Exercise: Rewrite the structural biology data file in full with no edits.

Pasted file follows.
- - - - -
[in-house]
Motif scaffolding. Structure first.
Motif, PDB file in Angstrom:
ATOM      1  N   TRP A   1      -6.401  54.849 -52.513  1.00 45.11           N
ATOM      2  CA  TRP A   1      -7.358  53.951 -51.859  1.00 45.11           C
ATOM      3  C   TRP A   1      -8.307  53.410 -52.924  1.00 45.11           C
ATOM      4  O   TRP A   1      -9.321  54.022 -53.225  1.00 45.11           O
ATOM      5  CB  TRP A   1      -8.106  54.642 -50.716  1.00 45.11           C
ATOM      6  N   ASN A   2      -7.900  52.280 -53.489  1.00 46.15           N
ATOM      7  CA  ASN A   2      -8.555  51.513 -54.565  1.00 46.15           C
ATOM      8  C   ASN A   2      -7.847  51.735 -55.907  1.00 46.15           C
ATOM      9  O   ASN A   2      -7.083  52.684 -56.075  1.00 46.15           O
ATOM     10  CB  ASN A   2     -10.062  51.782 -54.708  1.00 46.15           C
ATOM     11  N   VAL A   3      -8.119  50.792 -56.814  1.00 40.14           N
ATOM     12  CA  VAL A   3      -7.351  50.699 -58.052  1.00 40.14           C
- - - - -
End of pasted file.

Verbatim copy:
[in-house]
Motif scaffolding. Structure first.
Motif, PDB file in Angstrom:
ATOM      1  N   TRP A   1      -6.401  54.849 -52.513  1.00 45.11           N
ATOM      2  CA  TRP A   1      -7.358  53.951 -51.859  1.00 45.11           C
ATOM      3  C   TRP A   1      -8.307  53.410 -52.924  1.00 45.11           C
ATOM      4  O   TRP A   1      -9.321  54.022 -53.225  1.00 45.11           O
ATOM      5  CB  TRP A   1      -8.106  54.642 -50.716  1.00 45.11           C
ATOM      6  N   ASN A   2      -7.900  52.280 -53.489  1.00 46.15           N
ATOM      7  CA  ASN A   2      -8.555  51.513 -54.565  1.00 46.15           C
ATOM      8  C   ASN A   2      -7.847  51.735 -55.907  1.00 46.15           C
ATOM      9  O   ASN A   2      -7.083  52.684 -56.075  1.00 46.15           O
ATOM     10  CB  ASN A   2     -10.062  51.782 -54.708  1.00 46.15           C
ATOM     11  N   VAL A   3      -8.119  50.792 -56.814  1.00 40.14           N
ATOM     12  CA  VAL A   3      -7.351  50.699 -58.052  1.00 40.14           C